I was reading something by a young writer on Medium; in their twenties still, lamenting unfulfilled wanting to be famous – not impatience of youth, in my view, but in absence of having done the work to be worthy of accolades.
While I see them as a writer with a following, what I read was journeyman work at best – not stellar, yet anyway, but good enough to make them a living. Making a living alone is worthy, and I don’t mean to denigrate that writer or anyone else, but what made me gag a minute was their published wish to be famous.
Famous for what?
Obviously, famous for writing is their desire, but writing about what, and why – what drives the writing, what makes the writer tick?
The mirror flipped around, and I took a look.
While I would love to be commercially successful as a writer – and famous would be nice, I suppose, but most essential methinks is to be relevant. If someone is writing about fly-fishing – then relevant to fisherman, and to the fish.
But what is relevance for the meandering mind?
Is it to be relevant to others with a meandering mind?
I can see anyone who pursues anything excellently in their field – writing, farming, community service, science, business, sport, or art… becoming famous, but for someone to have an ambition to be famous just for the pleasure of being famous – again, I wanted to gag, so I wrote this in reply to them instead:
Writing, just for writing’s sake, is good enough. It was good enough for so many great writers. However, what trumps writing is doing. Doing something for others. Doing something for a cause. For a community, for a child, for a parent, for a friend — and mostly, for a stranger. No reward, no earnings. No prize, no money, no influence, no fame, no statue, no building with your name on the front door. Do for doing’s sake. In the process of doing, you will meet and influence people — you will build reciprocal relationships on the basis that all transactions take place; people want to do business with and work with people they know, like, and trust. Be one of those. Write about that. Write about them. Readers will follow, customers will follow, friends will follow — there is no other reward because we all live until we die, and then there is nothing for us, or of us, anymore except for that part of us and how we lived (and wrote!) living on in others.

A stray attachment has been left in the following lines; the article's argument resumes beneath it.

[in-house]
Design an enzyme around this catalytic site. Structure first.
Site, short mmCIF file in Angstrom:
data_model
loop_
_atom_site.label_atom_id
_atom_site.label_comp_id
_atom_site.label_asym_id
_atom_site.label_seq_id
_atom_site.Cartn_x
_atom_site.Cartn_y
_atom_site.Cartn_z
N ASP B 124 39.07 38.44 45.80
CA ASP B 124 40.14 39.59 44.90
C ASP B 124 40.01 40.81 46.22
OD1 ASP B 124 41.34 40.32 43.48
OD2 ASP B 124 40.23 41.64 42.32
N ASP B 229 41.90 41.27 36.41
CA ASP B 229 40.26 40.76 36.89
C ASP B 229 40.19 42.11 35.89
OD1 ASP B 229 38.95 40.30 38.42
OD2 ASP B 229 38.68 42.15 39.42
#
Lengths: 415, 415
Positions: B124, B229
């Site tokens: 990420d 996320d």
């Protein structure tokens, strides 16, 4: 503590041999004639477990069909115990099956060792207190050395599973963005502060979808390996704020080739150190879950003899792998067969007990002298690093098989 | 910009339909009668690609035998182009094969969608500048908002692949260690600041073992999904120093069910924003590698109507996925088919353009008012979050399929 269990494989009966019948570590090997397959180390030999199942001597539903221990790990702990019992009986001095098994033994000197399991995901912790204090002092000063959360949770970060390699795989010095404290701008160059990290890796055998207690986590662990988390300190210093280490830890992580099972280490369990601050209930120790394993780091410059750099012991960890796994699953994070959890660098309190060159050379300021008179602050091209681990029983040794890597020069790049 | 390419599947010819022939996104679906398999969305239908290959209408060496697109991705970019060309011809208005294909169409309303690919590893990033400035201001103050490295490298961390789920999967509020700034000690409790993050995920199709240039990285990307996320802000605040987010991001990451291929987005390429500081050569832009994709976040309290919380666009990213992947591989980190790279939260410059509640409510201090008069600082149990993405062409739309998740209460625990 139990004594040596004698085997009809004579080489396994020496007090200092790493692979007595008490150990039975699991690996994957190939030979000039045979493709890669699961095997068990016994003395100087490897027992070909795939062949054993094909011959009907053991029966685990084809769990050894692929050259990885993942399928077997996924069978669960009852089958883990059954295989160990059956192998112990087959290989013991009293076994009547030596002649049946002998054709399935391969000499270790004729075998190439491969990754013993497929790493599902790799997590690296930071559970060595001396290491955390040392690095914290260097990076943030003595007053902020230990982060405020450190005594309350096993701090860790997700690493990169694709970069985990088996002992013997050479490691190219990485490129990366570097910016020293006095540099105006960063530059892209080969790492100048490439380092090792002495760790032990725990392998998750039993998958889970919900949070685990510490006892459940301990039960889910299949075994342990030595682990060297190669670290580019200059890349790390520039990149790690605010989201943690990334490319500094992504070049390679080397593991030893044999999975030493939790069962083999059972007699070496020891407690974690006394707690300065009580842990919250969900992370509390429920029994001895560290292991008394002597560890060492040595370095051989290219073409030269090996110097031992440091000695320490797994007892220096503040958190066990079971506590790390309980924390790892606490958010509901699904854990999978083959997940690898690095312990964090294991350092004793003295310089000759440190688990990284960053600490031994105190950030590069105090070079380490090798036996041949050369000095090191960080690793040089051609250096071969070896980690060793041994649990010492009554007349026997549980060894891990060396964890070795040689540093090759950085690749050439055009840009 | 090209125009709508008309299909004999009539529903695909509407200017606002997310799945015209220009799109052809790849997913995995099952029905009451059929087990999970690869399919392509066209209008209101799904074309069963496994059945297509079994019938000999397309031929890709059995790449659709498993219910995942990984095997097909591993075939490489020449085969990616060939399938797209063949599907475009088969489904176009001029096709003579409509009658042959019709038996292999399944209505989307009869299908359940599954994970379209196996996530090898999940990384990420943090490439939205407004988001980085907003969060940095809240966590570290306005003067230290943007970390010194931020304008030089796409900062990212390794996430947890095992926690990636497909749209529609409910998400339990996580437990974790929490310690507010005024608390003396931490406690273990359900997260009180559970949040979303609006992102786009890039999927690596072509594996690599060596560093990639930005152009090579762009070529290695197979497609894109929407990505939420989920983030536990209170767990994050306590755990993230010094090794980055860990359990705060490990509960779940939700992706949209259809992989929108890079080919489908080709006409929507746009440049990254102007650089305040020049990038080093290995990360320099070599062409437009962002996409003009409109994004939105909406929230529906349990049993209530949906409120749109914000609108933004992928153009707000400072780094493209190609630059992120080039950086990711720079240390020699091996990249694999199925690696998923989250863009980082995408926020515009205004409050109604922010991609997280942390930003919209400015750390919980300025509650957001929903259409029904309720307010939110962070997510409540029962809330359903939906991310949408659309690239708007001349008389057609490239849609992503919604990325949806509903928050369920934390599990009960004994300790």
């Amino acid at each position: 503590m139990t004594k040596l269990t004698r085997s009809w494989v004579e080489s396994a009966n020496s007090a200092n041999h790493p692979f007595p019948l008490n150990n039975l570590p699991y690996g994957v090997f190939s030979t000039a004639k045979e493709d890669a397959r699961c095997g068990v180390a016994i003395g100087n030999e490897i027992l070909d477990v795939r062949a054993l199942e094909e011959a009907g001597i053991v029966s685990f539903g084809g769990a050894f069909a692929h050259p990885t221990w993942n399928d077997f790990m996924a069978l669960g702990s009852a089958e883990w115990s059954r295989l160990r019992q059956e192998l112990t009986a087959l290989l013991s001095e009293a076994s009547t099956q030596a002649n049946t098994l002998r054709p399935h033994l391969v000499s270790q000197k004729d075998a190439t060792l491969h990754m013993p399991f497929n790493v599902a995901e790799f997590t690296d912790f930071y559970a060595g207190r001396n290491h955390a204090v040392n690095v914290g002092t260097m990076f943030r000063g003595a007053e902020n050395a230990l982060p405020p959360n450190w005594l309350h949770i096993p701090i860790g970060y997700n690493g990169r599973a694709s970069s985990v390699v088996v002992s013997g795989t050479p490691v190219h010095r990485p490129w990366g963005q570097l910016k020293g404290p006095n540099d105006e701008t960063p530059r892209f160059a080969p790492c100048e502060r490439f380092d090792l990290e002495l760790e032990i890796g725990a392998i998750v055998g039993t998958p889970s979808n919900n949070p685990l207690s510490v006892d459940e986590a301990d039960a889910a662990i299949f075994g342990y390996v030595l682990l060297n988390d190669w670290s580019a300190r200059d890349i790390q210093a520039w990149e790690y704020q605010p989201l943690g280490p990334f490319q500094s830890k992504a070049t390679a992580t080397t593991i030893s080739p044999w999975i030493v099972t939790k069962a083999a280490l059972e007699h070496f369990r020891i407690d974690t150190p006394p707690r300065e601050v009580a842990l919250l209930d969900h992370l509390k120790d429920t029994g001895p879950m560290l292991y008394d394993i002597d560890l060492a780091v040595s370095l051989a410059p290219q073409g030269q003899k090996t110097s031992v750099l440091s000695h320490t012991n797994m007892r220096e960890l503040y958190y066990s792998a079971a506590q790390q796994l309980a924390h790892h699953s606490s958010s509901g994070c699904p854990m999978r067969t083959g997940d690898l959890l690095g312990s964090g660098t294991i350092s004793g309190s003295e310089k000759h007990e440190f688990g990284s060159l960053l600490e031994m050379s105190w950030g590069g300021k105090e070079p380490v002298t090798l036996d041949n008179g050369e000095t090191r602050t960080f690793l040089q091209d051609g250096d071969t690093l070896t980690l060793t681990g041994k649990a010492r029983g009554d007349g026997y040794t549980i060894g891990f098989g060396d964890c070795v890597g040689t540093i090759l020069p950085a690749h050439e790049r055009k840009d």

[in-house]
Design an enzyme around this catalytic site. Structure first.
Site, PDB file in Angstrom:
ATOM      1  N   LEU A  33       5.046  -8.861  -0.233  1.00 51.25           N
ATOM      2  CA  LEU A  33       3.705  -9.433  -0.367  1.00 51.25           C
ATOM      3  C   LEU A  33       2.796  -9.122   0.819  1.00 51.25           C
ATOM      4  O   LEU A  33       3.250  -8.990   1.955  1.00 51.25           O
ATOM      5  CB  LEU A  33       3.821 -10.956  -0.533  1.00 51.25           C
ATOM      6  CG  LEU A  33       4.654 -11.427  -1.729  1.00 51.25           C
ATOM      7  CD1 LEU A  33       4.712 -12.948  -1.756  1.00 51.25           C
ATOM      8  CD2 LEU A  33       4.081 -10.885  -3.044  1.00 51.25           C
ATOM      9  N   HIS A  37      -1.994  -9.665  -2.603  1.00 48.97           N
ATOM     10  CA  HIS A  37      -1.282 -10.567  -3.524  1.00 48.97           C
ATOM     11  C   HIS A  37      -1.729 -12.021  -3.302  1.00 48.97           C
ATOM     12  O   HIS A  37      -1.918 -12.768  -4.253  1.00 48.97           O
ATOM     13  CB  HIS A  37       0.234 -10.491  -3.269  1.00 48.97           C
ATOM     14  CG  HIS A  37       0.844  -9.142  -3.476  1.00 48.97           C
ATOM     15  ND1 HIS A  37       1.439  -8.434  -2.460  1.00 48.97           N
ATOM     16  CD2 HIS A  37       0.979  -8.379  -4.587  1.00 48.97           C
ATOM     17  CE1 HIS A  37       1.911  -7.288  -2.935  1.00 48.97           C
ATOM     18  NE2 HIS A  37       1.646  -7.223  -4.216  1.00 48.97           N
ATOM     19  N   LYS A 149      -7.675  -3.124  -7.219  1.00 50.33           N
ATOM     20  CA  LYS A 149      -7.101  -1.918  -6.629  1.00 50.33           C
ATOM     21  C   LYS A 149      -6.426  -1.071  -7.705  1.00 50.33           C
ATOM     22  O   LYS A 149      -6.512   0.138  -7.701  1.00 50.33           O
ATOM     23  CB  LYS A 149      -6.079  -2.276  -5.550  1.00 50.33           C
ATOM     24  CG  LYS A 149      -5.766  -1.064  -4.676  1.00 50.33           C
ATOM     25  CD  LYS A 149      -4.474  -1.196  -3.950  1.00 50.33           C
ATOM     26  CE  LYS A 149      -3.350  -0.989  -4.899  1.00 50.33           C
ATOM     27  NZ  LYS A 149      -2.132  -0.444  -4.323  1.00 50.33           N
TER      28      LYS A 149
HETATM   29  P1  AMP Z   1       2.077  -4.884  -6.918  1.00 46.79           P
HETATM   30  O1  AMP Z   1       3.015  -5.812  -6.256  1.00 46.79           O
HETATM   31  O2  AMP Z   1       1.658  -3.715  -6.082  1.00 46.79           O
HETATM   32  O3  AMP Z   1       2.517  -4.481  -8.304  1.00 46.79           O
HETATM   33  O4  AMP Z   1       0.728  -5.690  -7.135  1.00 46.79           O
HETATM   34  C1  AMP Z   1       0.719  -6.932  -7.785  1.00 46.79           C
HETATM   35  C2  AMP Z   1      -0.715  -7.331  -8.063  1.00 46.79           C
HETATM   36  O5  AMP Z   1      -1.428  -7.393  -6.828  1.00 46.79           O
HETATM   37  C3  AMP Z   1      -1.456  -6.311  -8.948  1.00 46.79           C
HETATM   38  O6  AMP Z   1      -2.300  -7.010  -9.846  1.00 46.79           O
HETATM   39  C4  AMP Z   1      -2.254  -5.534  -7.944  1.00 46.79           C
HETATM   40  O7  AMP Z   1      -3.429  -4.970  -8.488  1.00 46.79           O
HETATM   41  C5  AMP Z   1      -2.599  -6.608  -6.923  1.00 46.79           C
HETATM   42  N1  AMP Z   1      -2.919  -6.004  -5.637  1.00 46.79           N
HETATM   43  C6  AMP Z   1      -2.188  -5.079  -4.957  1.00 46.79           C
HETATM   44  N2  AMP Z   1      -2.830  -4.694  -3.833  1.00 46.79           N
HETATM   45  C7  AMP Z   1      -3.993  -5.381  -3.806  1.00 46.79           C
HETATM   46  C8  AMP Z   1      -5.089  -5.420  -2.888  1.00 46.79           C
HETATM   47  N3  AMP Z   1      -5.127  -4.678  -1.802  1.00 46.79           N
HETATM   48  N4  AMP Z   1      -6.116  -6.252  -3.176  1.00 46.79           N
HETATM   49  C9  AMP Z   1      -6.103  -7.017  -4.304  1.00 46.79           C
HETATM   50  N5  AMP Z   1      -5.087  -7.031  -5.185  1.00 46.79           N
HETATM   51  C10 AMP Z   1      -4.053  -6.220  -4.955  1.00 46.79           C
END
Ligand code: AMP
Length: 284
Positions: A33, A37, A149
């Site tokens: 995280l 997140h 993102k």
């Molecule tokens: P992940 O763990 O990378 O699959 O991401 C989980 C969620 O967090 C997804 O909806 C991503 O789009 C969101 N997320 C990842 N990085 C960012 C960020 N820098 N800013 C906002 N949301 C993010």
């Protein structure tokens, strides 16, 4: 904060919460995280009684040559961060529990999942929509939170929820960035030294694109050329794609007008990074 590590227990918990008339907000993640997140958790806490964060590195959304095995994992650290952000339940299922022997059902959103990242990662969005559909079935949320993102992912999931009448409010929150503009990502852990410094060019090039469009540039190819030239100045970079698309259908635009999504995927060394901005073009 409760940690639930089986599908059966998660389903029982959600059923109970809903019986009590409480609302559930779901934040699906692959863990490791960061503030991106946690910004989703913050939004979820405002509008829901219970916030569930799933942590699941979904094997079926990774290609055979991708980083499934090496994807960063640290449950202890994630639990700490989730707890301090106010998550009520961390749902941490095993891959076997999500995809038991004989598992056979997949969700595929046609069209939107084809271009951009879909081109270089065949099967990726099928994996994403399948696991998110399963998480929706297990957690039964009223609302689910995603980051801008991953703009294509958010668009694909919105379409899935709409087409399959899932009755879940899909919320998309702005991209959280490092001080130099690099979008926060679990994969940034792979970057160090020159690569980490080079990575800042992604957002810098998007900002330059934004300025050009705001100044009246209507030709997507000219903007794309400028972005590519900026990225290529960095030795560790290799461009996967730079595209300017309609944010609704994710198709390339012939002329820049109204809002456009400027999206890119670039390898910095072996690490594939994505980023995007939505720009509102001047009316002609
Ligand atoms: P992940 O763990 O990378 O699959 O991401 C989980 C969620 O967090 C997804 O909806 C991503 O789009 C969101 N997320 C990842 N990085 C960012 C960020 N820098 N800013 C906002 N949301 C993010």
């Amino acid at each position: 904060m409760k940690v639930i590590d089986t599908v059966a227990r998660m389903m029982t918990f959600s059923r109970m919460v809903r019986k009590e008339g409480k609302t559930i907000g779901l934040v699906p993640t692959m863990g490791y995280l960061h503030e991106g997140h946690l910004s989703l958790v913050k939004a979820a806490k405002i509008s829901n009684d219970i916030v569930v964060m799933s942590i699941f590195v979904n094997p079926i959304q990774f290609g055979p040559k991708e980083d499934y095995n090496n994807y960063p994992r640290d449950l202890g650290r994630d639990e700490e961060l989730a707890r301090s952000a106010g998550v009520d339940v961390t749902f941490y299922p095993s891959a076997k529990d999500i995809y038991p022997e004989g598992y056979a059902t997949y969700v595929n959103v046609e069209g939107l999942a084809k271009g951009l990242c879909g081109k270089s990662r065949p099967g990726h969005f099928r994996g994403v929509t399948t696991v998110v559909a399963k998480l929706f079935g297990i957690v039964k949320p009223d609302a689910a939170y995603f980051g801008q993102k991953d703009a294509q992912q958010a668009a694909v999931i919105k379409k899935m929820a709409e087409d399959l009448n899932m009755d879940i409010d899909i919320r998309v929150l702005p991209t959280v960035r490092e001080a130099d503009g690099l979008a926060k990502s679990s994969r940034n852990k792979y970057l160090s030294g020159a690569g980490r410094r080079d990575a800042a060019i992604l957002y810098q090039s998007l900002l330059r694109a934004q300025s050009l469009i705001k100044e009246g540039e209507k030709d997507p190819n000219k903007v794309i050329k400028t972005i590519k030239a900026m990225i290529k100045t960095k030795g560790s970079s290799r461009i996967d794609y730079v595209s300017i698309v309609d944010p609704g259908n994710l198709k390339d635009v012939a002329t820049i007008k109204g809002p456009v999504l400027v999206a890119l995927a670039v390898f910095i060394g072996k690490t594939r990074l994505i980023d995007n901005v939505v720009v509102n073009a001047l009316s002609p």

What we do – in our writing, in our work, in our relationships doesn’t have to meet any standard set by anyone other than ourselves, determining what matters for us, what makes our ideas, efforts, and outcomes relevant to us, for us, and because of us. Whether anything we do is relevant to anyone else is an incidental coincidence.
We have so many examples to guide us in this thinking.
I don’t think DaVinci painted his Mona Lisa for us – he did it for him. Michaelangelo, too – created remarkable sustainable art, of his craft and talent … but surely, his goal was not to be revered hundreds of years later. His goal, like most of us, was to sustain himself and make an adequate living doing what he was passionate about as the primary goal.
All the great makers – of art, of buildings, of organizations, and creation of things lasting did their lasting work because of their own compelling and sometimes selfish reasons; they didn’t do it to get rich and powerful, they didn’t do it for fame or money. Those, when they came, were byproducts and rewards that followed the work and acknowledged their talent.
Every day, every one of us should do what we care deeply about and nothing else. I don’t mean, “quit your job,” but rather BE CLEAR about what you care about, and then work at what you care about – and in this way, relevance will never be a question you need answer to anyone but yourself.
Fortunately and unfortunately things always change. Another alternative, especially if you want more fresh air, might be a good pair of winter walking footwear. I have a pair that I think would work well, but only use them for shoveling snow. LH – Lethbridge, AB